Elucidating the Native Topologies of Bacterial Microcompartments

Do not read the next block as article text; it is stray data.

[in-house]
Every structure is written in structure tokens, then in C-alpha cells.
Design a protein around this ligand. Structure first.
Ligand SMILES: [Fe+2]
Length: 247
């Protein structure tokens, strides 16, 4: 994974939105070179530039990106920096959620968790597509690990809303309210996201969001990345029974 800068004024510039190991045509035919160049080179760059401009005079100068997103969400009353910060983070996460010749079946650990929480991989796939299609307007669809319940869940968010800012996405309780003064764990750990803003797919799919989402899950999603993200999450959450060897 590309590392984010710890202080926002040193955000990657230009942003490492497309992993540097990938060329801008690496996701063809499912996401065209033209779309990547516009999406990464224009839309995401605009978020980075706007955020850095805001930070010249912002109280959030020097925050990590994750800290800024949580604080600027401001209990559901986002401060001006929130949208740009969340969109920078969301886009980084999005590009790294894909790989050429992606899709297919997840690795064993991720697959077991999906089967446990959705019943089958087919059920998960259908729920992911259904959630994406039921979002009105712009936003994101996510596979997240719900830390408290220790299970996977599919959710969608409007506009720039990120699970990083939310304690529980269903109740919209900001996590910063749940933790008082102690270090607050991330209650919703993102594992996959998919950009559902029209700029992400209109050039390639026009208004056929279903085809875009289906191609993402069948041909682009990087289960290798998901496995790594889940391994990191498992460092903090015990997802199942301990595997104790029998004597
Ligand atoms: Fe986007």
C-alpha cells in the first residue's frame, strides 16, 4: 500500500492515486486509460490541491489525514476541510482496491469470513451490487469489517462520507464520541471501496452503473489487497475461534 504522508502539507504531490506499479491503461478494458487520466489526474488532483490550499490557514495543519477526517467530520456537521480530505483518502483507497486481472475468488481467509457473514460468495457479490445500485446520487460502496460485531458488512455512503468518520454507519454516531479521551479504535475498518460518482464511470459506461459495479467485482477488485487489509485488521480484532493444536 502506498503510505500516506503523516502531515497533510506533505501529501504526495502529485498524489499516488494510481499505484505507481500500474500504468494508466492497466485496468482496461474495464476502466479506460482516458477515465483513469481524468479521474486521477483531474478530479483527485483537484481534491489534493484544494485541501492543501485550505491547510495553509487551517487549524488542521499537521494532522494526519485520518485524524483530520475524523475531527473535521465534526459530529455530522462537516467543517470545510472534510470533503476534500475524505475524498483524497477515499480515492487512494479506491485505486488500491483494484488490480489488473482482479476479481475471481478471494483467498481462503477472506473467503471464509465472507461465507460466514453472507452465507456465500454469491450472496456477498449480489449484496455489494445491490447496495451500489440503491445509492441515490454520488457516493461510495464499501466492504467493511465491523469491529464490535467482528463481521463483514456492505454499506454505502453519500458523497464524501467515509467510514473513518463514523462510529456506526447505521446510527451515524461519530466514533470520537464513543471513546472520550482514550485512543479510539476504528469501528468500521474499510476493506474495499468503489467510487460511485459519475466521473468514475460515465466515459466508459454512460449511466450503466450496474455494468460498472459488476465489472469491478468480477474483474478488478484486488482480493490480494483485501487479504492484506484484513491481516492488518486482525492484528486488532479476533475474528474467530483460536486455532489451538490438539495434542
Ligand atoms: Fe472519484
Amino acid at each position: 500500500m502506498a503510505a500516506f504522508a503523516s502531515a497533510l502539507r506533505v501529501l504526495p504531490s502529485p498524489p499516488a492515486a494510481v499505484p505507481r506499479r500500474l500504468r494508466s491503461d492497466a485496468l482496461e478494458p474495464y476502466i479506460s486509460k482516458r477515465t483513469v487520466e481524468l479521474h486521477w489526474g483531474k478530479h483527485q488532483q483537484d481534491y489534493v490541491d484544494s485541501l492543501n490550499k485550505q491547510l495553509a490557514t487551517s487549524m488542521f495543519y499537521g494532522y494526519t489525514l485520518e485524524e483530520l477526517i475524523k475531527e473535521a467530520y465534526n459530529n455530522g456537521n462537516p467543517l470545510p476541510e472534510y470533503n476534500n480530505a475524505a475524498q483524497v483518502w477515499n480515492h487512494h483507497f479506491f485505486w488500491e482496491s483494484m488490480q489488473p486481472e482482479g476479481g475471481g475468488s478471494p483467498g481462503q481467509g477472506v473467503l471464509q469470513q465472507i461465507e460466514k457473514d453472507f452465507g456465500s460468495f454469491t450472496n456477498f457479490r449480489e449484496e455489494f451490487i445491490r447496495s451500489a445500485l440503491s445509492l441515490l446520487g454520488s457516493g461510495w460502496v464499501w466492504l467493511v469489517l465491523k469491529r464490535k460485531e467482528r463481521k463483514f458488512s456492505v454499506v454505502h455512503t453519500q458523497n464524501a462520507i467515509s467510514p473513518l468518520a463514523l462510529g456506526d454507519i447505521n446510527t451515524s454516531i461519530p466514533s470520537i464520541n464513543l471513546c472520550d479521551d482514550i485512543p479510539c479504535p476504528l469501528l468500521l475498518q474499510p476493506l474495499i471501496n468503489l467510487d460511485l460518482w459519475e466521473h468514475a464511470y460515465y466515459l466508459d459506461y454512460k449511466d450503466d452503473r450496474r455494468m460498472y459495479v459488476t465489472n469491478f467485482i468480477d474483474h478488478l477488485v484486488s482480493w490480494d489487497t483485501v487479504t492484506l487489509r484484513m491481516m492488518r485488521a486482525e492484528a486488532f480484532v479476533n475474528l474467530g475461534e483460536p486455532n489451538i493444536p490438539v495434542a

Bacterial microcompartments, or MCPs, are supramolecular structures analogous to eukaryotic organelles. These assemblies are understood to organize and compartmentalize the cytosol by sequestering and optimizing a myriad of metabolic reactions. They enable the diffusive transport of substrates, acting as a semi-permeable barrier that prevents the efflux of toxic intermediates. Unlike their membrane-bound eukaryotic counterparts, MCPs are comprised entirely of a proteinaceous outer shell. The so-called BMC domain (for bacterial microcompartment) is the canonical building block for all MCPs. BMCs oligomerize to form hexamers disks which tesselate laterally to form the nearly flat facets of the outer MCP shell. Pentameric proteins form the polyhedral vertices. Despite persistent research in the field, bacterial microcompartments remain poorly understood. This work seeks to enhance our foundational knowledge of MCPs through structurally characterizing BMS shell proteins and highlighting their potentially specialized functions, presenting a novel structural resource that organizes existing structural data and recent work that begins to reveal the native topology and long-range organization of MCP shells.